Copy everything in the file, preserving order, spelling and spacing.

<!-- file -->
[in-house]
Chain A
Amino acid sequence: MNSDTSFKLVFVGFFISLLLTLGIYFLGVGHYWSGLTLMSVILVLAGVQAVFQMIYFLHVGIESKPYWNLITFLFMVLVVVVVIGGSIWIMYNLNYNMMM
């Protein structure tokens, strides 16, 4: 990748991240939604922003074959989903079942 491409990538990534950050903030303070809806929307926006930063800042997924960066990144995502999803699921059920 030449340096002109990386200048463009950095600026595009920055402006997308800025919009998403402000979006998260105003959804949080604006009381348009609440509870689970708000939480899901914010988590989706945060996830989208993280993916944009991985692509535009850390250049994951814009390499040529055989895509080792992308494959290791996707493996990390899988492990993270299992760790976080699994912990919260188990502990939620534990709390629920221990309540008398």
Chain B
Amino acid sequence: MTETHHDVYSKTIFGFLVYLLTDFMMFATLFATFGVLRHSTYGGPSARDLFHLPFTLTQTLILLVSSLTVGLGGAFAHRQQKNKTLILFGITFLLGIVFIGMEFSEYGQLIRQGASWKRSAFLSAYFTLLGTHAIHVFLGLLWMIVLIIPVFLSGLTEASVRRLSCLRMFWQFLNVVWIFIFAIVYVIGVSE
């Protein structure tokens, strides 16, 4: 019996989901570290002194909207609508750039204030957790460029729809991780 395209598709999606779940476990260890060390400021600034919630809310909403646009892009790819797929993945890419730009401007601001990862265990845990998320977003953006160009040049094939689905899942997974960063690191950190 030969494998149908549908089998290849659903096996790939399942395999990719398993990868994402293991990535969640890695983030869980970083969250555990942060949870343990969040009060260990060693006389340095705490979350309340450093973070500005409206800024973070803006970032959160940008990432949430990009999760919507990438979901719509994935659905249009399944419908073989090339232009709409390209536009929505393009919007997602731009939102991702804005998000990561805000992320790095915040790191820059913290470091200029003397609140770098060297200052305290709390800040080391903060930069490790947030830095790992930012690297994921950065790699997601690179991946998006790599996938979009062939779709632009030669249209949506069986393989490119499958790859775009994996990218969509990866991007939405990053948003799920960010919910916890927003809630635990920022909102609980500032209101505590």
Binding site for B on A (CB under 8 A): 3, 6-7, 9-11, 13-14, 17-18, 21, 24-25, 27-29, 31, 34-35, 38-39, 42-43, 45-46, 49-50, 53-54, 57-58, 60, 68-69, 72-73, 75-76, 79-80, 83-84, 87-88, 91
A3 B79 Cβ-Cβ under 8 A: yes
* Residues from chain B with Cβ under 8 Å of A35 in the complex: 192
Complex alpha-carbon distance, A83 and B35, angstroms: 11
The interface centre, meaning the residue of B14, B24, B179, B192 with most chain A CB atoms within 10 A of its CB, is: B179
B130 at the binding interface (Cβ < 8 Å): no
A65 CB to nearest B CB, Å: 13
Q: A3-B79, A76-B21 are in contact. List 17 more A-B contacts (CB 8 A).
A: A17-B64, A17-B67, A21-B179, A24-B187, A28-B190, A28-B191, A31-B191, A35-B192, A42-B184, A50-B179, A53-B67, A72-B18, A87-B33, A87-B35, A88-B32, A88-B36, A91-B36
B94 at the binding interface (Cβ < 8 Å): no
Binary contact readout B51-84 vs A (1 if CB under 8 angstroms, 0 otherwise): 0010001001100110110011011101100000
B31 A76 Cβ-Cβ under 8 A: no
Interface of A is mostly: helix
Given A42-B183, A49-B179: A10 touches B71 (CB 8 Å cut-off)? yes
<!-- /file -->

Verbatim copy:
[in-house]
Chain A
Amino acid sequence: MNSDTSFKLVFVGFFISLLLTLGIYFLGVGHYWSGLTLMSVILVLAGVQAVFQMIYFLHVGIESKPYWNLITFLFMVLVVVVVIGGSIWIMYNLNYNMMM
């Protein structure tokens, strides 16, 4: 990748991240939604922003074959989903079942 491409990538990534950050903030303070809806929307926006930063800042997924960066990144995502999803699921059920 030449340096002109990386200048463009950095600026595009920055402006997308800025919009998403402000979006998260105003959804949080604006009381348009609440509870689970708000939480899901914010988590989706945060996830989208993280993916944009991985692509535009850390250049994951814009390499040529055989895509080792992308494959290791996707493996990390899988492990993270299992760790976080699994912990919260188990502990939620534990709390629920221990309540008398």
Chain B
Amino acid sequence: MTETHHDVYSKTIFGFLVYLLTDFMMFATLFATFGVLRHSTYGGPSARDLFHLPFTLTQTLILLVSSLTVGLGGAFAHRQQKNKTLILFGITFLLGIVFIGMEFSEYGQLIRQGASWKRSAFLSAYFTLLGTHAIHVFLGLLWMIVLIIPVFLSGLTEASVRRLSCLRMFWQFLNVVWIFIFAIVYVIGVSE
């Protein structure tokens, strides 16, 4: 019996989901570290002194909207609508750039204030957790460029729809991780 395209598709999606779940476990260890060390400021600034919630809310909403646009892009790819797929993945890419730009401007601001990862265990845990998320977003953006160009040049094939689905899942997974960063690191950190 030969494998149908549908089998290849659903096996790939399942395999990719398993990868994402293991990535969640890695983030869980970083969250555990942060949870343990969040009060260990060693006389340095705490979350309340450093973070500005409206800024973070803006970032959160940008990432949430990009999760919507990438979901719509994935659905249009399944419908073989090339232009709409390209536009929505393009919007997602731009939102991702804005998000990561805000992320790095915040790191820059913290470091200029003397609140770098060297200052305290709390800040080391903060930069490790947030830095790992930012690297994921950065790699997601690179991946998006790599996938979009062939779709632009030669249209949506069986393989490119499958790859775009994996990218969509990866991007939405990053948003799920960010919910916890927003809630635990920022909102609980500032209101505590």
Binding site for B on A (CB under 8 A): 3, 6-7, 9-11, 13-14, 17-18, 21, 24-25, 27-29, 31, 34-35, 38-39, 42-43, 45-46, 49-50, 53-54, 57-58, 60, 68-69, 72-73, 75-76, 79-80, 83-84, 87-88, 91
A3 B79 Cβ-Cβ under 8 A: yes
* Residues from chain B with Cβ under 8 Å of A35 in the complex: 192
Complex alpha-carbon distance, A83 and B35, angstroms: 11
The interface centre, meaning the residue of B14, B24, B179, B192 with most chain A CB atoms within 10 A of its CB, is: B179
B130 at the binding interface (Cβ < 8 Å): no
A65 CB to nearest B CB, Å: 13
Q: A3-B79, A76-B21 are in contact. List 17 more A-B contacts (CB 8 A).
A: A17-B64, A17-B67, A21-B179, A24-B187, A28-B190, A28-B191, A31-B191, A35-B192, A42-B184, A50-B179, A53-B67, A72-B18, A87-B33, A87-B35, A88-B32, A88-B36, A91-B36
B94 at the binding interface (Cβ < 8 Å): no
Binary contact readout B51-84 vs A (1 if CB under 8 angstroms, 0 otherwise): 0010001001100110110011011101100000
B31 A76 Cβ-Cβ under 8 A: no
Interface of A is mostly: helix
Given A42-B183, A49-B179: A10 touches B71 (CB 8 Å cut-off)? yes